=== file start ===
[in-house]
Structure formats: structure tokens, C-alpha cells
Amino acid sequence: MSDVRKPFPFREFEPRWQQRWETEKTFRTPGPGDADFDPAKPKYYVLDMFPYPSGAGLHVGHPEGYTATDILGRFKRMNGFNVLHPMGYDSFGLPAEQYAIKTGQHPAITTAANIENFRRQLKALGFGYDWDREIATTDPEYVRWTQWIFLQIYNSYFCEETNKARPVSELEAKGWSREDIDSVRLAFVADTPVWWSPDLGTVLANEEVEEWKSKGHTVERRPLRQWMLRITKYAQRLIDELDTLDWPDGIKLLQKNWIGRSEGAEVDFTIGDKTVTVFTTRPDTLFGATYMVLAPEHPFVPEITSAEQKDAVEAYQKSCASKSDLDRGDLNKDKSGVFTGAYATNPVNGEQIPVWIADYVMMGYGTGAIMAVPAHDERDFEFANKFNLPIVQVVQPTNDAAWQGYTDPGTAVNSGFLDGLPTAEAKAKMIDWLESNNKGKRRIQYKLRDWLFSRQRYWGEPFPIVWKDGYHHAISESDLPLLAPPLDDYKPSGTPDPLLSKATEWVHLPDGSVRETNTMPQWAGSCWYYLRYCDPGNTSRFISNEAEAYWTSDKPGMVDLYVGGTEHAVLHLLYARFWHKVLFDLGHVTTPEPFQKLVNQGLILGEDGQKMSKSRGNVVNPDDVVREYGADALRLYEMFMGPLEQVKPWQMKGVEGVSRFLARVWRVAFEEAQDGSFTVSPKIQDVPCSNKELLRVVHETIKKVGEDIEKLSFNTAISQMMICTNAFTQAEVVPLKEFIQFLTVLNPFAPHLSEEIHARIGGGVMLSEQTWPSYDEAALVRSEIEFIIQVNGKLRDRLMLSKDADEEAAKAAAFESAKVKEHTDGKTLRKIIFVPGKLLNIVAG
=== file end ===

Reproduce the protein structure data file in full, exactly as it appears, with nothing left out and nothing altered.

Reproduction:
[in-house]
Structure formats: structure tokens, C-alpha cells
Amino acid sequence: MSDVRKPFPFREFEPRWQQRWETEKTFRTPGPGDADFDPAKPKYYVLDMFPYPSGAGLHVGHPEGYTATDILGRFKRMNGFNVLHPMGYDSFGLPAEQYAIKTGQHPAITTAANIENFRRQLKALGFGYDWDREIATTDPEYVRWTQWIFLQIYNSYFCEETNKARPVSELEAKGWSREDIDSVRLAFVADTPVWWSPDLGTVLANEEVEEWKSKGHTVERRPLRQWMLRITKYAQRLIDELDTLDWPDGIKLLQKNWIGRSEGAEVDFTIGDKTVTVFTTRPDTLFGATYMVLAPEHPFVPEITSAEQKDAVEAYQKSCASKSDLDRGDLNKDKSGVFTGAYATNPVNGEQIPVWIADYVMMGYGTGAIMAVPAHDERDFEFANKFNLPIVQVVQPTNDAAWQGYTDPGTAVNSGFLDGLPTAEAKAKMIDWLESNNKGKRRIQYKLRDWLFSRQRYWGEPFPIVWKDGYHHAISESDLPLLAPPLDDYKPSGTPDPLLSKATEWVHLPDGSVRETNTMPQWAGSCWYYLRYCDPGNTSRFISNEAEAYWTSDKPGMVDLYVGGTEHAVLHLLYARFWHKVLFDLGHVTTPEPFQKLVNQGLILGEDGQKMSKSRGNVVNPDDVVREYGADALRLYEMFMGPLEQVKPWQMKGVEGVSRFLARVWRVAFEEAQDGSFTVSPKIQDVPCSNKELLRVVHETIKKVGEDIEKLSFNTAISQMMICTNAFTQAEVVPLKEFIQFLTVLNPFAPHLSEEIHARIGGGVMLSEQTWPSYDEAALVRSEIEFIIQVNGKLRDRLMLSKDADEEAAKAAAFESAKVKEHTDGKTLRKIIFVPGKLLNIVAG